Johnson will be ordered to report to the Federal Bureau of Prisons upon designation of a federal facility.  All federal sentences are served without the possibility of parole.

Johnson was sentenced by Chief U.S. District Judge Frank D. Whitney. The sentenced was announced by Jill Westmoreland Rose, U.S. Attorney for the Western District of North Carolina who was joined in the announcement by John A. Strong, Special Agent in Charge of the Federal Bureau of Investigation (FBI), Charlotte Division and Miriam Baer, Executive Director of the North Carolina Real Estate Commission.Assistant United States Attorney Maria Vento prosecuted the case.

U.S. Attorney Rose thanked the FBI and the North Carolina Real Estate Commission for their investigation of this case.

Frank Enrique Lleras, 30, Charlotte, North Carolina, the co-founder of a Charlotte-area property investment firm, pleaded guilty to securities fraud and wire fraud, in connection with an investment fraud scheme involving real estate properties.

According to filed court documents and the plea hearing, Lleras was the co-founder, executive vice president and chief investment officer of Optimum Property Investments, LLC (Optimum), an investment company headquartered in Charlotte with purported offices in Miami, Florida, Santiago, Dominican Republic and Barranquilla, Colombia. Lleras admitted in court that from about December 2012 and through 2015, he executed an investment fraud scheme through Optimum, which defrauded at least 20 victims of nearly $3,000,000. According to court records, Lleras induced his victim investors by promoting Optimum as a real estate investment company that made money by purchasing distressed and/or foreclosed real estate properties in Mecklenburg County and elsewhere, and then reselling and and/or leasing those properties. Continue Reading…

Nathan Shane Wolf, 44, Charlotte, North Carolina and John Wayne Perry, Jr., 34, Charlotte, North Carolina, and Purnell Wood, 44, were sentenced on federal racketeering charges in connection with their roles in the Operation Wax House fraud scheme.

Wolf, a licensed real estate agent, was sentenced to seven years in prison followed by three years of supervised release. Wolf was convicted by a jury in October 2013. According to trial evidence, Wolf was a participant in the enterprise’s mortgage fraud operations, accounting for over $13 million in fraudulently-obtained loans, with losses of more than $7 million. Witnesses testified that Wolf arranged for builders of luxury real estate to pretend to sell such real estate at an inflated price – what Wolf called the “gross price” – in order to get an inflated mortgage loans from a bank. In reality, the builders accepted the true, lower, price – what Wolf called the “strike price” – while Wolf arranged for the difference between the inflated price and the true price to be paid from the loan proceeds as kickbacks. Such kickbacks were funneled through sham companies and disguised to look like payments for work actually done on the real estate. Trial evidence established that the work was never done, but instead these kickbacks were payments to the buyers and promoters who helped bring the parties to the fraud together. According to the evidence at trial, the kickbacks generally ranged from approximately $50,000 to almost $600,000. According to the sentencing hearing, Wolf received more than $200,000 in commissions on the fraudulent transactions, which represented the vast majority of his income during the years he was committing fraud. Continue Reading…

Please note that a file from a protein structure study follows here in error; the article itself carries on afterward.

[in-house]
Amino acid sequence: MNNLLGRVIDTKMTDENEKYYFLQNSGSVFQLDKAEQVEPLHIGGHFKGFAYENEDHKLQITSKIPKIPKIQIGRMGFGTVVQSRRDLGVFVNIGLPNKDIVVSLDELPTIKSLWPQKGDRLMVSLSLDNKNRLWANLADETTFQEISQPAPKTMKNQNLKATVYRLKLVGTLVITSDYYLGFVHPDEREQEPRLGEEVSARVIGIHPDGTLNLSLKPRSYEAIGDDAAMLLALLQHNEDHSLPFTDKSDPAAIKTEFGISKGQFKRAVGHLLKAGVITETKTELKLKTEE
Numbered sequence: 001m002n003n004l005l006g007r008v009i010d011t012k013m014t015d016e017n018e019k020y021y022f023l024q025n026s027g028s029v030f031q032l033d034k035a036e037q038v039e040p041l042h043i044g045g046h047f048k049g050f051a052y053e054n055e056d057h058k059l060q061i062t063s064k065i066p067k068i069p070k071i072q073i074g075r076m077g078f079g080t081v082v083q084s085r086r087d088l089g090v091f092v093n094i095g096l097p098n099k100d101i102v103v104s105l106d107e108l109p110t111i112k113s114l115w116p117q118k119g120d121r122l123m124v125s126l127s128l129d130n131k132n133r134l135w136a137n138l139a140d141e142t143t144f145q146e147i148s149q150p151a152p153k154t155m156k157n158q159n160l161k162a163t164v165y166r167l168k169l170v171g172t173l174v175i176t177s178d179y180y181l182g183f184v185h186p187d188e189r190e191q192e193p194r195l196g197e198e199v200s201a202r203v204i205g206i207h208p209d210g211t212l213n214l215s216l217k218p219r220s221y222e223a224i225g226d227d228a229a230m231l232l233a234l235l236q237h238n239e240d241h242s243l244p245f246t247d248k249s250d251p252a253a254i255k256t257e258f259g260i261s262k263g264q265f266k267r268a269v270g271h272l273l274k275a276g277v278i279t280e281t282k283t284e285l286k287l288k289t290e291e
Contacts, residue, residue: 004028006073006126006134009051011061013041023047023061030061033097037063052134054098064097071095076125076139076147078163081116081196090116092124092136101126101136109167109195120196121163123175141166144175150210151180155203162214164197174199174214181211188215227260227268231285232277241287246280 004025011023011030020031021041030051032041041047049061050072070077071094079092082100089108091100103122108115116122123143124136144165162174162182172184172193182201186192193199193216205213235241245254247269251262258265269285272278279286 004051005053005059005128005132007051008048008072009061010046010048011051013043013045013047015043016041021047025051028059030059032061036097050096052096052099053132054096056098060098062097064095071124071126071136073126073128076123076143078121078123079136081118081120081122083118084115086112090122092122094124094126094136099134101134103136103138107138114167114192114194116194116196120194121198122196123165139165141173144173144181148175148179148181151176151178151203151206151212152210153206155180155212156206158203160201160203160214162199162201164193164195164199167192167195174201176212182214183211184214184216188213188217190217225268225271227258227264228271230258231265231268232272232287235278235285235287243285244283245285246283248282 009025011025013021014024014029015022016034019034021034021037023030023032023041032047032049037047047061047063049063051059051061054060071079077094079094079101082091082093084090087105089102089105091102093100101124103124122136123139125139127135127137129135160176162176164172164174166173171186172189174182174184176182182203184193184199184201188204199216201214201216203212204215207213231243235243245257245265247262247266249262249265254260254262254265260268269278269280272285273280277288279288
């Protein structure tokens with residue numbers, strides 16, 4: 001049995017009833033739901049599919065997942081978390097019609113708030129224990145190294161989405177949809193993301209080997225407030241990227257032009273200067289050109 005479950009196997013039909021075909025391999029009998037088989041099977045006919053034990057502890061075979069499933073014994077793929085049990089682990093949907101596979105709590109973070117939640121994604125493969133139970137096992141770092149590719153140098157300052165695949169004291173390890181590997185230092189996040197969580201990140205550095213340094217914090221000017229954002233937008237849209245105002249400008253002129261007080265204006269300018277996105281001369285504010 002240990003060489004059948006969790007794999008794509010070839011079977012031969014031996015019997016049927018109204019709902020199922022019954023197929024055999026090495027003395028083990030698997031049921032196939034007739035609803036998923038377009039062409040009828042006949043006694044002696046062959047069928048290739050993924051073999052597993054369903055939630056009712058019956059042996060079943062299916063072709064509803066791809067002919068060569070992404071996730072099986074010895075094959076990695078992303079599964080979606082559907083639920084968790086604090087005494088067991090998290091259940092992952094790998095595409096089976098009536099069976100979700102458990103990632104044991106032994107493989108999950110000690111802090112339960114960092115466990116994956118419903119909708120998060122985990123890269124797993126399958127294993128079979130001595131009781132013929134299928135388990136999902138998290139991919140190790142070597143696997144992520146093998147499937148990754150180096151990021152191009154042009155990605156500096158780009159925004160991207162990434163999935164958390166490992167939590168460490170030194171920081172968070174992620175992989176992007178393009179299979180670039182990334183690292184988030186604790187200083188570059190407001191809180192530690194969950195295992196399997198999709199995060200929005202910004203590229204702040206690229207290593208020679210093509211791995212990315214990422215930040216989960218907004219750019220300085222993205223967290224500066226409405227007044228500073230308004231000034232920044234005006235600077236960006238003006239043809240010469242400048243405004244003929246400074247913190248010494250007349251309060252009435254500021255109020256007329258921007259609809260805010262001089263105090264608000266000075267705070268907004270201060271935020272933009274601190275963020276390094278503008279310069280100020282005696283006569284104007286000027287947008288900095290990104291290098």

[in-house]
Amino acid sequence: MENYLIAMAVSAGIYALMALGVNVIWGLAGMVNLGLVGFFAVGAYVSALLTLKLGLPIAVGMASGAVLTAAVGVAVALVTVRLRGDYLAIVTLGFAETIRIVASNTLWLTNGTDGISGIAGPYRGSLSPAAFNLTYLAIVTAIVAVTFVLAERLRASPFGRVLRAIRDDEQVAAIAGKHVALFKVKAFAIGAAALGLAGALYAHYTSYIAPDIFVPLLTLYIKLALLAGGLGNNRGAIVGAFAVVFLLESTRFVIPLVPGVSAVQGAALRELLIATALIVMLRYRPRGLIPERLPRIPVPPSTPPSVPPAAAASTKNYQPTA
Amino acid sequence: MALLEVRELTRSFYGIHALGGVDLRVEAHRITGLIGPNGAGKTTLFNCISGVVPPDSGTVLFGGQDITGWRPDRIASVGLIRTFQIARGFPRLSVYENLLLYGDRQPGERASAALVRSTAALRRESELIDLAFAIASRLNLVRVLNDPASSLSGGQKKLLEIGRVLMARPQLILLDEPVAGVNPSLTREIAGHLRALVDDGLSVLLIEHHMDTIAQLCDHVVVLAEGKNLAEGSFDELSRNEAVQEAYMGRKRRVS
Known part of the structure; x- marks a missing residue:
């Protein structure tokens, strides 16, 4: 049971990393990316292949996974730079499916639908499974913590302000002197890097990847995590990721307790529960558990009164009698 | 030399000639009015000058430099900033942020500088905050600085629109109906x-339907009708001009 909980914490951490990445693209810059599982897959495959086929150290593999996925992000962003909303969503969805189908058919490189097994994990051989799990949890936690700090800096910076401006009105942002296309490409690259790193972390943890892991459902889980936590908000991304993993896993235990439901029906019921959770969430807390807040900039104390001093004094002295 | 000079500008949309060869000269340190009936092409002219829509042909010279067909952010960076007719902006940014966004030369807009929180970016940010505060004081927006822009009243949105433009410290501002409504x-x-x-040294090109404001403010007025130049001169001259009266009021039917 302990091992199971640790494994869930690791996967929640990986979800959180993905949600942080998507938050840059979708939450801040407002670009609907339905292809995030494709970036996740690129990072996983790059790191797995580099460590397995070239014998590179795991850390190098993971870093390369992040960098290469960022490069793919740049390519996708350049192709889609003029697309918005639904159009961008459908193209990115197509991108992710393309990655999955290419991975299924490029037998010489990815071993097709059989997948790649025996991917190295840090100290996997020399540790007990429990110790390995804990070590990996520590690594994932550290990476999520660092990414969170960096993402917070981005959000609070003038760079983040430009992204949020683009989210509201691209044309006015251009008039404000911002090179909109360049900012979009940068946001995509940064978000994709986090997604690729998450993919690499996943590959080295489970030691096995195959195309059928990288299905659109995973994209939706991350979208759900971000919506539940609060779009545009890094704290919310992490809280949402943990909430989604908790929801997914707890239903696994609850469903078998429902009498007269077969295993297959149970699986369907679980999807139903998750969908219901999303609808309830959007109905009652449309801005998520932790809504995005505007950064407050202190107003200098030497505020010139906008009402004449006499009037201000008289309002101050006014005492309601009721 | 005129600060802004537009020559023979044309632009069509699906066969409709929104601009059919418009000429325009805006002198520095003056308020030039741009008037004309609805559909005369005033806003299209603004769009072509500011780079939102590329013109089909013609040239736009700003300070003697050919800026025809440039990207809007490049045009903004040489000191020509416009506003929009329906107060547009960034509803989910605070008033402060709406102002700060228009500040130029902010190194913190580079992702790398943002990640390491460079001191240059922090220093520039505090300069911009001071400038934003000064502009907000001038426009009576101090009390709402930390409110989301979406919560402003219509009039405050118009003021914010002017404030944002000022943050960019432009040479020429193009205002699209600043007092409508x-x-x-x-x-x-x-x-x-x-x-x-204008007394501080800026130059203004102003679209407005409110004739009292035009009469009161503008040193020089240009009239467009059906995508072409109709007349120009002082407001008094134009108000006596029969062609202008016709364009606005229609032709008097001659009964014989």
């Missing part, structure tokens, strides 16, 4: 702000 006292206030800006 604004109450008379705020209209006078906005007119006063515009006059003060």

Howard Goldsmith, real estate developer, 41, Raleigh, North Carolina, was sentenced to a 30 month term of imprisonment for his role in a down payment fraud scheme.  According to documents filed in Court, between August of 2006 and February of 2009, Goldsmith and his conspirators carried out a fraud upon various banks and lenders using entities Goldsmith owned or controlled, including Ganyard Farm Construction and Baldwin EstatesContinue Reading…

Scammers are trying to take advantage of struggling families by promising to buy homes for quick cash warns the North Carolina Attorney General.

These scammers send postcards and put out signs proclaiming, “We buy homes!” But rather than buying houses as advertised, most of these companies will try to convince you to sign over control of your home. The company then leases the property out to a new tenant. As a result, you lose rights to your home but remain on the hook for mortgage payments. Homebuyers or tenants can also be hit hard by these scams, which can advertise homes in deceptive rent-to-own agreements for big upfront fees. Continue Reading…